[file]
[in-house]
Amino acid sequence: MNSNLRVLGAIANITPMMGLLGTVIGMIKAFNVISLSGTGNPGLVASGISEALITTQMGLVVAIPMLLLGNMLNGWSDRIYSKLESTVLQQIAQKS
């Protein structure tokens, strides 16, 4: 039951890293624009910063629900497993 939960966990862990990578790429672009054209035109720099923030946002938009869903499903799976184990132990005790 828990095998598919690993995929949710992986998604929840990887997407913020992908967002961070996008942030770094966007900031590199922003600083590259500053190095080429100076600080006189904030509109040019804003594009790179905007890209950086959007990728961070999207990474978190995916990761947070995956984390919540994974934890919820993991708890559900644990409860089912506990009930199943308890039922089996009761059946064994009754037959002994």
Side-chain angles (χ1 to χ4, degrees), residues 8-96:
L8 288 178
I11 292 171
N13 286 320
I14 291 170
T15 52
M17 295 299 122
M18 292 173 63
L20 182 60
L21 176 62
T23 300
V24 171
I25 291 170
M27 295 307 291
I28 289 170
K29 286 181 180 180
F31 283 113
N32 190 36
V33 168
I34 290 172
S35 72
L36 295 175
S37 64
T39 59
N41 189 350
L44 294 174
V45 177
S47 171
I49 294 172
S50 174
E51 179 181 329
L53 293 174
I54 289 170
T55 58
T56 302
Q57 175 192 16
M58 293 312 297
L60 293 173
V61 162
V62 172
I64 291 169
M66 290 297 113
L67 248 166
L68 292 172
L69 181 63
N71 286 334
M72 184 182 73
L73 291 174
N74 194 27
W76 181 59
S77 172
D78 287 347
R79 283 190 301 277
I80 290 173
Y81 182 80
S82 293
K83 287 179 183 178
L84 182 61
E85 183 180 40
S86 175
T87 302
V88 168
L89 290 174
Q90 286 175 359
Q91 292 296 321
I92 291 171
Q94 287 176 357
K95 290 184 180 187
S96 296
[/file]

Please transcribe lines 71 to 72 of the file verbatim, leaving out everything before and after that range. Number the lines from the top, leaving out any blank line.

K95 290 184 180 187
S96 296